That command searches the database for greetings that match the search criteria. In the second argument we’ve specified an empty list of search criteria, so it should search for all greetings. The command should return something like this:


because there are no greetings in the database. Let’s create one greeting and save it to the database.

2> FirstGreeting = greeting:new(id, "Boss says Hello!").
{greeting,id,"Boss says Hello!"}
3> FirstGreeting:save().
{ok, {greeting, "greeting-1", "Boss says Hello!"}}

What you see there is a list with a single BossRecord. A BossRecord looks like an ordinary tuple, but it has special powers. First let’s get the BossRecord out of the list of our saved greetings:

4> Saved = boss_db:find(greeting, []).
5> Greeting = hd(Saved). % Pop the only BossRecord off the list
{greeting,"greeting-1","Boss says Hello!"}

Now let’s invoke some powers:

6> Greeting:attribute_names().
[id, greeting_text]

The function attribute_names returns a list of the BossRecord’s attributes. These attributes are an essential aspect of programming with Chicago Boss; think of them as database columns or text fields. We will define a list of attributes for every data model in our project. Here we see that the greeting model only has two attributes (id and greeting_text), and we can access them with individual function calls like this:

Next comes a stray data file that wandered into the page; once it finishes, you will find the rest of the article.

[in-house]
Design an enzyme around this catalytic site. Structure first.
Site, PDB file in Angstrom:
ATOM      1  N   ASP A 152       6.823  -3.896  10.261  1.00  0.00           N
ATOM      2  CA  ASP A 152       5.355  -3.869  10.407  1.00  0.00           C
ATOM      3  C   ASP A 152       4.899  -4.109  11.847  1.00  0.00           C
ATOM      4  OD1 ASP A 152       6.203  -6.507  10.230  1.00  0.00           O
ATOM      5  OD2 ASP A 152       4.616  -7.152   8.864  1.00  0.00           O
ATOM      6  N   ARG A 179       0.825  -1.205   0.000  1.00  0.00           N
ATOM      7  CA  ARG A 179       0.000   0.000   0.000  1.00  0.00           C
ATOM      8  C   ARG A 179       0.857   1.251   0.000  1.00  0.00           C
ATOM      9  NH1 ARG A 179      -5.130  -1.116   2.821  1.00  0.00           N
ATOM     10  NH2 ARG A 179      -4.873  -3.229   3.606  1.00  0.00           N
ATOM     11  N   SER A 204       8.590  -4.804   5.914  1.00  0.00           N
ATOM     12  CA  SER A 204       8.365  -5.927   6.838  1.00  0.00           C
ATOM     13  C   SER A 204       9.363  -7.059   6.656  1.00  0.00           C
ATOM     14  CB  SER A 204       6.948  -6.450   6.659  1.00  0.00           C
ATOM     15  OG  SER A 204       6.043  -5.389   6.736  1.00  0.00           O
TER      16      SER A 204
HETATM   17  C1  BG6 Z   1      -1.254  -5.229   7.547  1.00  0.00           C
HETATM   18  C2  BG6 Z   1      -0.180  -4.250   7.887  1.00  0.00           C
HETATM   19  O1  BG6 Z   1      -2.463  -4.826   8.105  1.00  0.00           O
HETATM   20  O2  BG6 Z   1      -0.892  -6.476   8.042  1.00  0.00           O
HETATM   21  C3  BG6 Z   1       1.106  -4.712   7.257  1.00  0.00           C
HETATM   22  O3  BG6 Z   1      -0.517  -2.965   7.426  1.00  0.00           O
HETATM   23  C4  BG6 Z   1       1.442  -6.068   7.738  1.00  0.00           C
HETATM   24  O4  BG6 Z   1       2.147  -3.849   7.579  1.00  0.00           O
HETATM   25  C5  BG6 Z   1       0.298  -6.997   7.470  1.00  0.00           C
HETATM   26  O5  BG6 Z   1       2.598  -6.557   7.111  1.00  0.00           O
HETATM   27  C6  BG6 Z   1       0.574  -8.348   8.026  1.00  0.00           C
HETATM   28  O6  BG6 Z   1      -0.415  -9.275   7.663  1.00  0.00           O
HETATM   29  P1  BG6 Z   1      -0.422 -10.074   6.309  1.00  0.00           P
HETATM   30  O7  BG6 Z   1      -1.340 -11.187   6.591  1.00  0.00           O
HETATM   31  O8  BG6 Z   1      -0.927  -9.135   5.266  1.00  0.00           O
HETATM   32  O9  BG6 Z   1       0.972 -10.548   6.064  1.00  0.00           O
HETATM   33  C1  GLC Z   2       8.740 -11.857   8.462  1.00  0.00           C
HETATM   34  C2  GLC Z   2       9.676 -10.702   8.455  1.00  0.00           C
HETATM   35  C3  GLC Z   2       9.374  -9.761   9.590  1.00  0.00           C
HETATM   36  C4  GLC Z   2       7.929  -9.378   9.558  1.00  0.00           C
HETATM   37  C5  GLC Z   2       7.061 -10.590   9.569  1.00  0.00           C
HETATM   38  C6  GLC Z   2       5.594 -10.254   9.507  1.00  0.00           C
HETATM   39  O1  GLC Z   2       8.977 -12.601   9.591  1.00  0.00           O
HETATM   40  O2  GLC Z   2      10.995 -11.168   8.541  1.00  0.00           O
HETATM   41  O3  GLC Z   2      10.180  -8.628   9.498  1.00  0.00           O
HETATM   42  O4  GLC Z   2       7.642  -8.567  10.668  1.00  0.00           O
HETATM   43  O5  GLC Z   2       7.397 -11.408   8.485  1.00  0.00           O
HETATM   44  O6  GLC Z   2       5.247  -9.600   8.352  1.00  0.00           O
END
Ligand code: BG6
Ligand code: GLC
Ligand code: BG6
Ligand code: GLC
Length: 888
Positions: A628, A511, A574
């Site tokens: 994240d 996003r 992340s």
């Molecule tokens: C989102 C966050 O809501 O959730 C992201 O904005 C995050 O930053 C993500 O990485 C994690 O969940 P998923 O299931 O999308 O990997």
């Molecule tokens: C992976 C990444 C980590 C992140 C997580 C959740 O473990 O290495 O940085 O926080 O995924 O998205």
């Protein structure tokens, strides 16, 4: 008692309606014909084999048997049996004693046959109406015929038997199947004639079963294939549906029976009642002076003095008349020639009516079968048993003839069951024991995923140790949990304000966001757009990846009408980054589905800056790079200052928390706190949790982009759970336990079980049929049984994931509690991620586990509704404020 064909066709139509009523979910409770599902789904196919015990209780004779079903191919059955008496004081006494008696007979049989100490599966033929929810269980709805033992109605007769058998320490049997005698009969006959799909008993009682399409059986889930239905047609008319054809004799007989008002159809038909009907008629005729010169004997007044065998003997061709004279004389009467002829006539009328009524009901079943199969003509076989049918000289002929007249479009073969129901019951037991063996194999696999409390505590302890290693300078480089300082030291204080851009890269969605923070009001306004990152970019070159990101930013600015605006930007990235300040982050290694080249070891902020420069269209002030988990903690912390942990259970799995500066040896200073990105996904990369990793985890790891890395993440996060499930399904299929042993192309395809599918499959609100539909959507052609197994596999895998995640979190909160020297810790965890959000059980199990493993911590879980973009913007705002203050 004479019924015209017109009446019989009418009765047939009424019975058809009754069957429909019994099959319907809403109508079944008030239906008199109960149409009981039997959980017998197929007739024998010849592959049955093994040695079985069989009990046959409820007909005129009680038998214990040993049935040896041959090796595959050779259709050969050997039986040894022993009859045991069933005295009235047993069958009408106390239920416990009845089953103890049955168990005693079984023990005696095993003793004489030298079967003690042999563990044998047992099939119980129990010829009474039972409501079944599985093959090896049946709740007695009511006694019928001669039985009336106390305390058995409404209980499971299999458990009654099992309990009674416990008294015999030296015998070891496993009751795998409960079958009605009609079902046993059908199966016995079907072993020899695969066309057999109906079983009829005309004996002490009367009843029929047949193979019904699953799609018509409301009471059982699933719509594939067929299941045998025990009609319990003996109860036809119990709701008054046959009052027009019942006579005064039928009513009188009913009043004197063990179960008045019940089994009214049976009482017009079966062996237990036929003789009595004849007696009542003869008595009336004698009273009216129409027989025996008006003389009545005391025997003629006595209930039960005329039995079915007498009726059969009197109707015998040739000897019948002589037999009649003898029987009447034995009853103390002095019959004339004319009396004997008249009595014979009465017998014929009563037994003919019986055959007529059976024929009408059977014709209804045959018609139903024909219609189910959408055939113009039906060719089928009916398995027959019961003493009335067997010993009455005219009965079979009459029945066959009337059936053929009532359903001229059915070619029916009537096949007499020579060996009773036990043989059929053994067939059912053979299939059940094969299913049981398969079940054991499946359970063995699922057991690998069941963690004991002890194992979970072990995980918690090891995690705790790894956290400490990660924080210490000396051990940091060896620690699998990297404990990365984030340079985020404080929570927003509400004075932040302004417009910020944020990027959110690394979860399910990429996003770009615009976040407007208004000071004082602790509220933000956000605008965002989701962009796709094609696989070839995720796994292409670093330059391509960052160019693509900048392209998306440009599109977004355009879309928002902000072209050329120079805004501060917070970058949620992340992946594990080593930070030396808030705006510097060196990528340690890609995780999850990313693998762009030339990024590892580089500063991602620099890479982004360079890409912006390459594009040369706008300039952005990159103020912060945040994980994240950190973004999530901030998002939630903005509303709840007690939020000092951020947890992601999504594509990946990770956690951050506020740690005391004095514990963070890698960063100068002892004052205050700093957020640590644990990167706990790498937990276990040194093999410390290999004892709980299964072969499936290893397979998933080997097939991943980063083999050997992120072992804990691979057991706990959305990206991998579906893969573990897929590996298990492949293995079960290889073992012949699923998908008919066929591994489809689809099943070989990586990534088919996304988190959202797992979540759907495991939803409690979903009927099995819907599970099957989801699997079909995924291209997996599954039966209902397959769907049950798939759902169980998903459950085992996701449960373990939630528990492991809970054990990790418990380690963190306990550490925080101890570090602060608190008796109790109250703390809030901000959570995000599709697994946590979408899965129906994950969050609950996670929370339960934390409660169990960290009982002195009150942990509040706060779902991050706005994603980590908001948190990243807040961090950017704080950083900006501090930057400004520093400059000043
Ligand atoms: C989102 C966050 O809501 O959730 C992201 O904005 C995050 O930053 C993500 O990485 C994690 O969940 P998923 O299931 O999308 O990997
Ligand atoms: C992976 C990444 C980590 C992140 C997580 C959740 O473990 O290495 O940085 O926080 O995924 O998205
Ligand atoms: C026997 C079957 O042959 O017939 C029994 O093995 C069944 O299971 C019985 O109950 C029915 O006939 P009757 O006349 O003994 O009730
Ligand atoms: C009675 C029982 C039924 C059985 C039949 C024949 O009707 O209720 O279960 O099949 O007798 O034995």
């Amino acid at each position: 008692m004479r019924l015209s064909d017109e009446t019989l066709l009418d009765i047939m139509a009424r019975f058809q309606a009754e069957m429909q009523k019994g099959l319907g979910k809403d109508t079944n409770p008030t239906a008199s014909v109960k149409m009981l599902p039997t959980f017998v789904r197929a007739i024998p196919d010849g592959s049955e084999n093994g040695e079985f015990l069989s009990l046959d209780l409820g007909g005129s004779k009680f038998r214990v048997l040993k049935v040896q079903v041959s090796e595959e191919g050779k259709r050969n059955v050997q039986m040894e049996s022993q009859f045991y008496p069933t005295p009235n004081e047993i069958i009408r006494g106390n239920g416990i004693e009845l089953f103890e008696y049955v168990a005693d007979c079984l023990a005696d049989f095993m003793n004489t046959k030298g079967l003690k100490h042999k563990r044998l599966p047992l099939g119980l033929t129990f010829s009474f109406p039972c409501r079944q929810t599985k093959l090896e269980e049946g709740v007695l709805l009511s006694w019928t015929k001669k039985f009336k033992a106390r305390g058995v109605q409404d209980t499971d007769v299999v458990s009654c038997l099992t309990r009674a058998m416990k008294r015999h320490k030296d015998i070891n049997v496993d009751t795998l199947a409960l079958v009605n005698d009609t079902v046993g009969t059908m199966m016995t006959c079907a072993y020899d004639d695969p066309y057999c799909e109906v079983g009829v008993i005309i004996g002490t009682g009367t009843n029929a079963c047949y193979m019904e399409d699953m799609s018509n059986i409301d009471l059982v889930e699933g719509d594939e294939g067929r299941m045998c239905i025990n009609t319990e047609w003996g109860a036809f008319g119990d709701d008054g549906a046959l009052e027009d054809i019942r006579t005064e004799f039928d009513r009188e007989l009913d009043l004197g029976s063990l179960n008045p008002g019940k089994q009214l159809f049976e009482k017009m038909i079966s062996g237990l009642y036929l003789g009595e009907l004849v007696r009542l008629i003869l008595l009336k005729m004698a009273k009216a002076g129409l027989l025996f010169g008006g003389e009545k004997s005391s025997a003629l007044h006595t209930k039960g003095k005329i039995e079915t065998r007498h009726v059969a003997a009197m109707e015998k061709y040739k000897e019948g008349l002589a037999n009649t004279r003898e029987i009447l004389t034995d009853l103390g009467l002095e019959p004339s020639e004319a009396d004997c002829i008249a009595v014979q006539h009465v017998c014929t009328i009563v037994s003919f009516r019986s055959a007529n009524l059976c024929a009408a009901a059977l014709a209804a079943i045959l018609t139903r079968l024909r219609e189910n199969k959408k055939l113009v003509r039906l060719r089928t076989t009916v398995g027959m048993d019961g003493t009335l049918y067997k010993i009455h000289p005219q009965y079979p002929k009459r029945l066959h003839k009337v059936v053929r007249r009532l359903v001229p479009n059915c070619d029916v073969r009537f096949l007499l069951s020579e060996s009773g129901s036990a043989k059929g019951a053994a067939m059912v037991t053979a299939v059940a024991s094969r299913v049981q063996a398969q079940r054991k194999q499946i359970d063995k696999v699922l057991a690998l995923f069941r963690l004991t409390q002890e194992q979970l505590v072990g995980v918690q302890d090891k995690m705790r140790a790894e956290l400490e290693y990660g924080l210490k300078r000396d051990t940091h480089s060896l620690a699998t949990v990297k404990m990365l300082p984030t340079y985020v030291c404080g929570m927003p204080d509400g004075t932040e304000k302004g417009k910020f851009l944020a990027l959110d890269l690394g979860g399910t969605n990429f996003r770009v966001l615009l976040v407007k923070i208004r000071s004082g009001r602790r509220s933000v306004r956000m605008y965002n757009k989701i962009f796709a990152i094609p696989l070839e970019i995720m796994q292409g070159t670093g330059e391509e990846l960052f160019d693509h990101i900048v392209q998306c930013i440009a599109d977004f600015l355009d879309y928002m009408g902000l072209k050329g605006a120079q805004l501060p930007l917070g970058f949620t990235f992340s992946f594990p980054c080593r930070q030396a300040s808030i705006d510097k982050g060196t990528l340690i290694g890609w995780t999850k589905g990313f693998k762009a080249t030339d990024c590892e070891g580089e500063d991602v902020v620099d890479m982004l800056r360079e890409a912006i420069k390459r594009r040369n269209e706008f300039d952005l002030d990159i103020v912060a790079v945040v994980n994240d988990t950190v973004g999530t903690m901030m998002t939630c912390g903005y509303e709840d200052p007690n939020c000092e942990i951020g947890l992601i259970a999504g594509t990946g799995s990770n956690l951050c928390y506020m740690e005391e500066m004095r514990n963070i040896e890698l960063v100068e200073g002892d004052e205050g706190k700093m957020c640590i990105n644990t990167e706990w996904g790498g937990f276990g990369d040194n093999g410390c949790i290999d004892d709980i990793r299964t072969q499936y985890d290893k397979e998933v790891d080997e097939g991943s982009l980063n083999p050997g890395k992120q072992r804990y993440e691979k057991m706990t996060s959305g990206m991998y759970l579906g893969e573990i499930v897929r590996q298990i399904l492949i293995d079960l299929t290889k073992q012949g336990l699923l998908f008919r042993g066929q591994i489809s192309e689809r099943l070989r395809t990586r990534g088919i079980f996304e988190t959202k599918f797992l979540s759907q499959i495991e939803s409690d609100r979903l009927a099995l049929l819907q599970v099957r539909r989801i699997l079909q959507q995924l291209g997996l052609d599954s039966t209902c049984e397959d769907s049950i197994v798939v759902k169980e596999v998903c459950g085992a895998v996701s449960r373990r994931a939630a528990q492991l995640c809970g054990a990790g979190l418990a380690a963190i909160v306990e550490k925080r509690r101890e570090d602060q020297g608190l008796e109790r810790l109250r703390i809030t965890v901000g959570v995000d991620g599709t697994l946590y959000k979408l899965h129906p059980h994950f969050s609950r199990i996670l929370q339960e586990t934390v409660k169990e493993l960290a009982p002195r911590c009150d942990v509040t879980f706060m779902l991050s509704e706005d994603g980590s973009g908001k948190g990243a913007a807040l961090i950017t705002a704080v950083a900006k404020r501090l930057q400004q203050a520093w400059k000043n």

7> Greeting:greeting_text().
"Boss says Hello!"
8> Greeting:id().

The id attribute is special. It belongs to all BossRecords and its values are unique. We’ll see that IDs are automatically generated and are always prefixed with the object type (e.g. “greeting-”). It’s not that important, but the ID number is also unique, so that if there’s a greeting-1, there will not be a user-1, and if there’s a user-42, there will not be a greeting-42.